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Respecting Funeral Requests

It’s quite common now to leave instructions for how you would like your ashes to be scattered. Telling our loved ones our funeral wishes in advance can help avoid them having to guess what we ‘would have wanted’. It can also give those are grieving a greater peace of mind, to know that they are respecting the wishes of the deceased.

Can ashes be kept at home?

YES – and this is a very popular option for many as it keeps their loved one close to them. Often individuals prefer to retain Cremated Remains until their own passing and then both sets of ashes are put together. Casket or Scatter Tube is ideally suited for this purpose and you do not require any permission or permit to keep them at home.

Where can ashes be scattered?

Deciding what to do with the ashes can be a very personal thing. Star Trek’s Scotty (James Doohan) had his blasted into space! Some people like to have their ashes spread around their favourite football ground, though that is dependent on the individual policy of the club or owner. The laws in the UK are quite relaxed, but in most cases you need to get permission of some description.

Can ashes be scattered in a cemetery?

Not all formal burial areas such as a churchyard or cemetery allow spreading ashes on family graves, and it’s best to ensure that you have the rights. Many cemeteries have rose gardens and specific areas where you can spread ashes in scenic sections.

Can ashes be scattered on private land?

You always need the landowner’s permission to spread ashes on private land. Even if it’s your own garden, make sure you have the right to visit it at a later date - after all, you may sell the home one day. If you are burying an urn or a casket containing the ashes, be aware that in legal terms ashes are treated as a body would, and you have to follow similar procedures and restrictions as if you were burying a coffin in the garden, such as restrictive covenants regarding the freehold of the land. Waterproof urns, tightly sealed but easy to open, are best.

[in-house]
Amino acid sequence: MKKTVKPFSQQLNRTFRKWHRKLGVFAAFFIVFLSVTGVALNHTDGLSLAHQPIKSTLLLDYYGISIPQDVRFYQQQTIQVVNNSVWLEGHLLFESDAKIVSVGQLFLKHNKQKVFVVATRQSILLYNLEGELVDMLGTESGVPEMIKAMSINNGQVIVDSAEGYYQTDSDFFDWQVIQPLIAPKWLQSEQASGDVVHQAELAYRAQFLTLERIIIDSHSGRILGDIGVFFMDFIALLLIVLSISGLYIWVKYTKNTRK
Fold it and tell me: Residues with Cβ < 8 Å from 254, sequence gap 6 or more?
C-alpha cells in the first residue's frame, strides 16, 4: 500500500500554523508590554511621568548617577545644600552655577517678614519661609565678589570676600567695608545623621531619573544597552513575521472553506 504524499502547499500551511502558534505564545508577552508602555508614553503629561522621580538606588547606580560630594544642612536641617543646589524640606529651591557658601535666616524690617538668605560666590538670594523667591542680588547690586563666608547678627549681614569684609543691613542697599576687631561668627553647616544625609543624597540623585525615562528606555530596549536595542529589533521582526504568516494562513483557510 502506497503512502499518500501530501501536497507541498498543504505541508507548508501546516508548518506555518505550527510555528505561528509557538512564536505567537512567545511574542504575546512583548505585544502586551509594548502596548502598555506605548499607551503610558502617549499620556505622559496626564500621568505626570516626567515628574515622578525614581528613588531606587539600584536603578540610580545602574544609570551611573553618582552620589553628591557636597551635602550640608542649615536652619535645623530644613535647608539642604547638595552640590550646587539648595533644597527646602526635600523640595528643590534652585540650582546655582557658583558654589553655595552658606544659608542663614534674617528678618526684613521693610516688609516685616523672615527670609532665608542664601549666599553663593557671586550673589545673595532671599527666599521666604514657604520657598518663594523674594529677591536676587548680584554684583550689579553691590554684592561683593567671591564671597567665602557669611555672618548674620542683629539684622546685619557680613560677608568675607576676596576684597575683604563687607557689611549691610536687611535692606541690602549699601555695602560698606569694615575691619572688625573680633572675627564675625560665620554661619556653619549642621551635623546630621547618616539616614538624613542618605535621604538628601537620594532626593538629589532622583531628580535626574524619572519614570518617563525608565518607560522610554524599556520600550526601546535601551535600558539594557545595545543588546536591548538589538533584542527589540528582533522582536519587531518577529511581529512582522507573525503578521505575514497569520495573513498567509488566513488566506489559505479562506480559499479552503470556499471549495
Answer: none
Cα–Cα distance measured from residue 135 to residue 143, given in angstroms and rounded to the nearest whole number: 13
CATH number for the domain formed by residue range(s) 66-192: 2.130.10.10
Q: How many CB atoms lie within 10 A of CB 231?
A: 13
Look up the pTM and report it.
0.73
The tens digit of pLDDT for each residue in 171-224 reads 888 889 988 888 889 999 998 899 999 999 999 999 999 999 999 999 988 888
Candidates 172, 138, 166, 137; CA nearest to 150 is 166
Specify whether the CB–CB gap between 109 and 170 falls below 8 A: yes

Can ashes be scattered in water?

It’s fine to use water, with some caveats. For inland rivers or lakes contact the local Environment Agency to check there is no nearby water supply and try to avoid areas where people might be swimming, fishing or boating while you’re doing the ceremony. Only use biodegradable (not plastic) wreaths or flowers if you need them. With sea burials you don’t need permits, unlike with burials at sea, but if it is within five miles out of shore it is advisable to let the local Environment Agency know. 

Can ashes be scattered in National Parks and other natural monuments?

Whether mountain tops, hillsides or open parkland, there’s usually nothing to stop you from having an ashes-scattering ceremony. Bear in mind that while human ashes are not toxic, they do contain phosphate which can have effects on fragile plant life. It also gets very windy out in the open and ashes can blow the wrong way or even in mourners’ faces, and with some crowded beauty spots you may not get the privacy you are after for a meaningful ashes ceremony.

Can ashes be divided?

It’s perfectly acceptable to divide the ashes, spreading them in different locations. In fact, with families often spread far and wide, it can be a good way to give closure to everyone involved by allowing several mourners to take part in their own way and have somewhere close to pay respects. It can also be a good way to fulfil the wishes of the deceased in different ways. No one claimant has a single right to the ashes - legally no-one can ‘own’ a dead body, likewise with the ashes.

Taking ashes overseas

If you want to take Cremated Remains to another country, you really need to seek guidance first because some countries, including France as an example, do not allow Cremated Remains to be scattered privately or kept at home. There can often be strict regulations governing Cremated Remains, you also need to seek information from your chosen airline, most allow ashes to be carried as hand luggage but seeking their guidance first will prevent unforeseen problems. You will also ned to accompany the Cremated Remains with certain documentation, so for best practice, always consult your Funeral Director first.